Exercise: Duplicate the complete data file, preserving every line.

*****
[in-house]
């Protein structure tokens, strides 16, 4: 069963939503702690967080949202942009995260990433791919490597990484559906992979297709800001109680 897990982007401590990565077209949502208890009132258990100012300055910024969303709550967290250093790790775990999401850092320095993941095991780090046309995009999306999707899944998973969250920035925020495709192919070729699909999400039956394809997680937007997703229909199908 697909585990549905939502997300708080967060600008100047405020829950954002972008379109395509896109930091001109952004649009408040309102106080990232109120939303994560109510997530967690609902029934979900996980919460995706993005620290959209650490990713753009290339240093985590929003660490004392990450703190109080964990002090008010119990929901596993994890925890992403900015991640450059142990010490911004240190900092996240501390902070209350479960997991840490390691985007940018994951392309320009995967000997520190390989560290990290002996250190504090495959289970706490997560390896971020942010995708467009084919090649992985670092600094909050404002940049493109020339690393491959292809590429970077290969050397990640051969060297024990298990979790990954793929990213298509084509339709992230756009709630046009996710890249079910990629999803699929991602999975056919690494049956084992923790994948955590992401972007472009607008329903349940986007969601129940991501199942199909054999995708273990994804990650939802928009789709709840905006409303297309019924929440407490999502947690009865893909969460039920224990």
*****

[in-house]
């Protein structure tokens, strides 16, 4: 069963939503702690967080949202942009995260990433791919490597990484559906992979297709800001109680 897990982007401590990565077209949502208890009132258990100012300055910024969303709550967290250093790790775990999401850092320095993941095991780090046309995009999306999707899944998973969250920035925020495709192919070729699909999400039956394809997680937007997703229909199908 697909585990549905939502997300708080967060600008100047405020829950954002972008379109395509896109930091001109952004649009408040309102106080990232109120939303994560109510997530967690609902029934979900996980919460995706993005620290959209650490990713753009290339240093985590929003660490004392990450703190109080964990002090008010119990929901596993994890925890992403900015991640450059142990010490911004240190900092996240501390902070209350479960997991840490390691985007940018994951392309320009995967000997520190390989560290990290002996250190504090495959289970706490997560390896971020942010995708467009084919090649992985670092600094909050404002940049493109020339690393491959292809590429970077290969050397990640051969060297024990298990979790990954793929990213298509084509339709992230756009709630046009996710890249079910990629999803699929991602999975056919690494049956084992923790994948955590992401972007472009607008329903349940986007969601129940991501199942199909054999995708273990994804990650939802928009789709709840905006409303297309019924929440407490999502947690009865893909969460039920224990």